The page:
FAQ: USCIS Is Accepting DACA Renewal Applications (updated Aug. 1, 2019)
Top 5 Things to Know about DACA Renewals Now That the Supreme Court Has Decided to Review the DACA-related Federal Court Cases (June 2019 – English & Spanish)
ALERT: Supreme Court Grants Cert in Three DACA Cases
ALERT: U.S. District Court in Texas Denies Texas Request to Stop DACA Renewals
State and Local Advocacy to Support DACA Recipients and Other State Residents
Frequently Asked Questions on DACA Termination (English, Spanish)
About DACA and Employment (answers to frequently asked questions — English, Korean, Portuguese, Spanish)
#DefendDACA: Stories in Defense of Deferred Action for Childhood Arrivals

Getting and Renewing DACA
FAQ: The Obama Administration’s Deferred Action for Childhood Arrivals (DACA)
FAQ: Deferred Action for Childhood Arrivals (DACA) Renewal Process
Four Top Tips for When You Renew Your DACA
DACA Renewal Calculator: Calculate When Would Be the Best Time to Submit Your DACA Renewal Application to USCIS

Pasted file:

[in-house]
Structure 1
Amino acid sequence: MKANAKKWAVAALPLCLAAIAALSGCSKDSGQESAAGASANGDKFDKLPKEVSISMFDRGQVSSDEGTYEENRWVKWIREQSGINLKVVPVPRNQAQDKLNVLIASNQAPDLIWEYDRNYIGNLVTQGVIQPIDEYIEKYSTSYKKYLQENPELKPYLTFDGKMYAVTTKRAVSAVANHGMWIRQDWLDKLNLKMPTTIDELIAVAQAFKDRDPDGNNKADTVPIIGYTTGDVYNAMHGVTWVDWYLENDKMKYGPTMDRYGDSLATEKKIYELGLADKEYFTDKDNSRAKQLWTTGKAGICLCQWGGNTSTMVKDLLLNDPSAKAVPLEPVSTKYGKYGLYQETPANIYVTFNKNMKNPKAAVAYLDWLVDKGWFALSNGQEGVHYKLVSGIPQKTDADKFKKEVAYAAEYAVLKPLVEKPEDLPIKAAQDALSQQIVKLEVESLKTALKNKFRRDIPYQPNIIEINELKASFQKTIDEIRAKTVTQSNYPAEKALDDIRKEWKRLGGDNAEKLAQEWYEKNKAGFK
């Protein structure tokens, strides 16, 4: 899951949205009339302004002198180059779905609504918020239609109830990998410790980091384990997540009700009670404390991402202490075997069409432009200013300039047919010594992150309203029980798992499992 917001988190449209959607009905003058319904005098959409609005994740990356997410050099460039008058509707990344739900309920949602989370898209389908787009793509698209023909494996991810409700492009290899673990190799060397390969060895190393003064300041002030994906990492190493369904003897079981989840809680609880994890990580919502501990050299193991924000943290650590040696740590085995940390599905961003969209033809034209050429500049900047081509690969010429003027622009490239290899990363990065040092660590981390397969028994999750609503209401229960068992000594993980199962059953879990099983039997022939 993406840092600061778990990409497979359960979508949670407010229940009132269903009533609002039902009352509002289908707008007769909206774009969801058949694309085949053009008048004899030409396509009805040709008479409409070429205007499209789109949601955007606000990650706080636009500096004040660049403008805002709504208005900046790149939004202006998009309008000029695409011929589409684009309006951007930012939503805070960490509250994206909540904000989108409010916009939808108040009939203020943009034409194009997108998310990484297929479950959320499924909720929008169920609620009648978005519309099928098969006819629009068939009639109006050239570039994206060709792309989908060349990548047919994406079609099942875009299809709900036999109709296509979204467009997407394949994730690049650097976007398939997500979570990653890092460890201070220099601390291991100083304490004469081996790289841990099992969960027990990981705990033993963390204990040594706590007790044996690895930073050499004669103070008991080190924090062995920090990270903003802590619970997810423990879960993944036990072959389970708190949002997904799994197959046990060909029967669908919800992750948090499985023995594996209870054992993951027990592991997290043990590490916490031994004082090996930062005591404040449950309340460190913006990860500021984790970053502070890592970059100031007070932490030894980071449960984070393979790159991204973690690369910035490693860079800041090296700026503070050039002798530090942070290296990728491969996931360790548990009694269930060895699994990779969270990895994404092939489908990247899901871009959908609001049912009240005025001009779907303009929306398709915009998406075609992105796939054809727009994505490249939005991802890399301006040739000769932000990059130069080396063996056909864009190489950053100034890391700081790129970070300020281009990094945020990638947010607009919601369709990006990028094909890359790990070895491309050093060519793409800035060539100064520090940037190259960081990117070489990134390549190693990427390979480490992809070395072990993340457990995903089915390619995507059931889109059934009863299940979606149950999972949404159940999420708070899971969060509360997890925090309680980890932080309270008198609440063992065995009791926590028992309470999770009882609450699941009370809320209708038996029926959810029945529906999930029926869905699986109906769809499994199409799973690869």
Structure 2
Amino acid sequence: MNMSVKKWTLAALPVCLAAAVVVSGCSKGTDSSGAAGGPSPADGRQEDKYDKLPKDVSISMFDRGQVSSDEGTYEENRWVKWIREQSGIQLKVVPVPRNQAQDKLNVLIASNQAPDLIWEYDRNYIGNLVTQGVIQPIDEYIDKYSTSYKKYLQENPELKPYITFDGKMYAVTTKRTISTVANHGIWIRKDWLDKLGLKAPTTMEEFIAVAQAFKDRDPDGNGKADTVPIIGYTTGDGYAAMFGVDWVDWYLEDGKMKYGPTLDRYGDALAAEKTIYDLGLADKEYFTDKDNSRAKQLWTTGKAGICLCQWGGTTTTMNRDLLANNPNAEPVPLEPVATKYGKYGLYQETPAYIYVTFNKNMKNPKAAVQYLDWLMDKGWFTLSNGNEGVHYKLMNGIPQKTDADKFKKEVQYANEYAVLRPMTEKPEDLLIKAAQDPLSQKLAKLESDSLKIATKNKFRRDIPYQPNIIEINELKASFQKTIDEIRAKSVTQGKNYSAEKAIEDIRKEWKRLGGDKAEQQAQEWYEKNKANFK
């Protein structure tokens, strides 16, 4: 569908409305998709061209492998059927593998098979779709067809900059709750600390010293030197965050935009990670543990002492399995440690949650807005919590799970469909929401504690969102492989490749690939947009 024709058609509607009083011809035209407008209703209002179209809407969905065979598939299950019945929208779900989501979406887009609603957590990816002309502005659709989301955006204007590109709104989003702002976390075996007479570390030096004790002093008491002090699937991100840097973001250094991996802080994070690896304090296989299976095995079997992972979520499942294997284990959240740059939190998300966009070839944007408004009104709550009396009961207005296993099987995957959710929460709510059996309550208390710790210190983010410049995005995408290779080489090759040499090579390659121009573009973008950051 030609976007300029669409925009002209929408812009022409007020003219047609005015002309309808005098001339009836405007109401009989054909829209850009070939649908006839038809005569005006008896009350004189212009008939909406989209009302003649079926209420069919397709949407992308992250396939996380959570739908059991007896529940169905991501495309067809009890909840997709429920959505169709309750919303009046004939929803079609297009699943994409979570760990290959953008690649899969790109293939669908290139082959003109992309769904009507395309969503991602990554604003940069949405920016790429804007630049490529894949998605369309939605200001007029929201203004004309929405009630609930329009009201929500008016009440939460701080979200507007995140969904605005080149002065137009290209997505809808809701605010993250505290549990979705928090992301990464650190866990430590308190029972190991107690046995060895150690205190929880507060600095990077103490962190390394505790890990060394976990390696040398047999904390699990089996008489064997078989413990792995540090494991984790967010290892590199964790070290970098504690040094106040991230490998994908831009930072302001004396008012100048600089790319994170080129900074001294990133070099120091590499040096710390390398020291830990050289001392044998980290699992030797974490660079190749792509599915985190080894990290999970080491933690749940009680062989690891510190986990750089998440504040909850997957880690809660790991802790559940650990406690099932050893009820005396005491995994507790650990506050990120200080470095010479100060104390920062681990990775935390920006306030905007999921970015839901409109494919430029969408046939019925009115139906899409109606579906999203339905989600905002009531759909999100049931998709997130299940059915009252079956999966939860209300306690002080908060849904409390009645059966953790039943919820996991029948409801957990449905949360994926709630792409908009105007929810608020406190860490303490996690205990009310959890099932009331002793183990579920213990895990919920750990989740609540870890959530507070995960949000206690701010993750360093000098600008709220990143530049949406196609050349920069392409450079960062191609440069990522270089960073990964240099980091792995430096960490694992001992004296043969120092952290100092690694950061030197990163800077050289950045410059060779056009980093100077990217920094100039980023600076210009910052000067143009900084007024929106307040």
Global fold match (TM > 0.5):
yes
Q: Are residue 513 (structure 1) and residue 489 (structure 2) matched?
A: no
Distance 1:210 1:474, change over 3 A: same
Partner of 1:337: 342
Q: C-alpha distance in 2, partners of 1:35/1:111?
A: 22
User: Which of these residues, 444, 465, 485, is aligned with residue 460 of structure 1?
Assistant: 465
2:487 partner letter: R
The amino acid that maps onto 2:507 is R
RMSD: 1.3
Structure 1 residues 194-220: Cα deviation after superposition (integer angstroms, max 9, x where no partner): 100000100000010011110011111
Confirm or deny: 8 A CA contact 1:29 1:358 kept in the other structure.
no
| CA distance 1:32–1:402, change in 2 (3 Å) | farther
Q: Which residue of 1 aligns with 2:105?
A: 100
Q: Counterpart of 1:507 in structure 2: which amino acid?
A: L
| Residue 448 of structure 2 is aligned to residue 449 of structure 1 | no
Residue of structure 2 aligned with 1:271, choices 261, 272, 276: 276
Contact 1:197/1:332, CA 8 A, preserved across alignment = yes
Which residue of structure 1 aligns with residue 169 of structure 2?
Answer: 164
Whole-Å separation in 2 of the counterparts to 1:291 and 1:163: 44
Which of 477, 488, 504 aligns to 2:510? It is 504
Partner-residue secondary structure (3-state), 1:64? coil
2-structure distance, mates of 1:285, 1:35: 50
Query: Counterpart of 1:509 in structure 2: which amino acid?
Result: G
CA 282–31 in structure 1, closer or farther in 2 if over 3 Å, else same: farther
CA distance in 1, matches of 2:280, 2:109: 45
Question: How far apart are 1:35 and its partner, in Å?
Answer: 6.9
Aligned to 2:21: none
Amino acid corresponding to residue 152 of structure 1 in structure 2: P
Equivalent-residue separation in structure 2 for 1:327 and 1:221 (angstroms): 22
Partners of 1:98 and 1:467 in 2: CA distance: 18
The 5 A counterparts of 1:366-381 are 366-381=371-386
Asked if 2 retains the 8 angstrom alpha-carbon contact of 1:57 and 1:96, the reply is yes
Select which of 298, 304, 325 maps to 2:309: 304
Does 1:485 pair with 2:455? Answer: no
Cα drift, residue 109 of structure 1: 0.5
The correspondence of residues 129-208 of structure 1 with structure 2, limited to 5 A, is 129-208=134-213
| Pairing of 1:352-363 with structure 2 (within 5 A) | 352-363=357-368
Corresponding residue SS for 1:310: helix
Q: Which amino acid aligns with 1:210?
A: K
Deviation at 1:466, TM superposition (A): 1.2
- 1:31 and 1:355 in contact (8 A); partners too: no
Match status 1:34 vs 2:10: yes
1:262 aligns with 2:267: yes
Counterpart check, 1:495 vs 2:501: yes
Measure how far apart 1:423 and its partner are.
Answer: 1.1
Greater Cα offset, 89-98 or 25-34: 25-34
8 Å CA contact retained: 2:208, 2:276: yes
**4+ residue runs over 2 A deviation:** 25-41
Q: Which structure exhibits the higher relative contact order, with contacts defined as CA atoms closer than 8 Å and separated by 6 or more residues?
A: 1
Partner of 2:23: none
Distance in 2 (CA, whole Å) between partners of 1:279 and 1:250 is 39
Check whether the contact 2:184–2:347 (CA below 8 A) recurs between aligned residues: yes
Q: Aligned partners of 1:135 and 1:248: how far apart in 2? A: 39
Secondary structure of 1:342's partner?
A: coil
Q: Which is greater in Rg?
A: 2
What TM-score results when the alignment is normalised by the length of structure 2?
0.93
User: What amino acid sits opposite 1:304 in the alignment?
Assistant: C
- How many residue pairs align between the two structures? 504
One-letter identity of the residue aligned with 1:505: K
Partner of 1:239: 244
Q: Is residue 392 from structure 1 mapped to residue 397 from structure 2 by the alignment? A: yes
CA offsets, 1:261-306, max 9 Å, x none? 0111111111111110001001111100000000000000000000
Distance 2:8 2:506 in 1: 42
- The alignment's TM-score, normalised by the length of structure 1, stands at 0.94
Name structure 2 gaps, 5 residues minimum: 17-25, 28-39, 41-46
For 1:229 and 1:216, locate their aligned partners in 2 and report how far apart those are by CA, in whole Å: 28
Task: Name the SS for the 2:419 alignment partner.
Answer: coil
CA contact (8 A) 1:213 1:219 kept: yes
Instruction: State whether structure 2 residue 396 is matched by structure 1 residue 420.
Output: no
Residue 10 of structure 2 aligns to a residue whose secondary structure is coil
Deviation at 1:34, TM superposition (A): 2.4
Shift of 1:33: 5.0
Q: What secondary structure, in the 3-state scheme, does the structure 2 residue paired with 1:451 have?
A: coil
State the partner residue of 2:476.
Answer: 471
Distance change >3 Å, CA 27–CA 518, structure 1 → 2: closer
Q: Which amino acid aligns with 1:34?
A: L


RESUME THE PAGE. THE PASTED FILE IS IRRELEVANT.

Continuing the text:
Steps to Take if Your DACA Renewal Is Delayed

After You Have DACA
Access to Driver’s Licenses for Immigrant Youth Granted DACA
FAQ: Exclusion of Youth Granted “Deferred Action for Childhood Arrivals” from Affordable Health Care
FAQ: DACA and Your Workplace Rights
FAQ: DACAmented and Undocumented Immigrants and the Obamacare Tax Penalty
Taxes and DACA: What Do I Need to Know? (webinar)

DACA and Dream–related Legislation
See Dream Act, Dreamers, and Related Legislation, under “Immigration Reform”

COVID-19 Resources
Resources | COVID-19 Crisis and Consequences

DACA & Education Post–U.S. Supreme Court Decision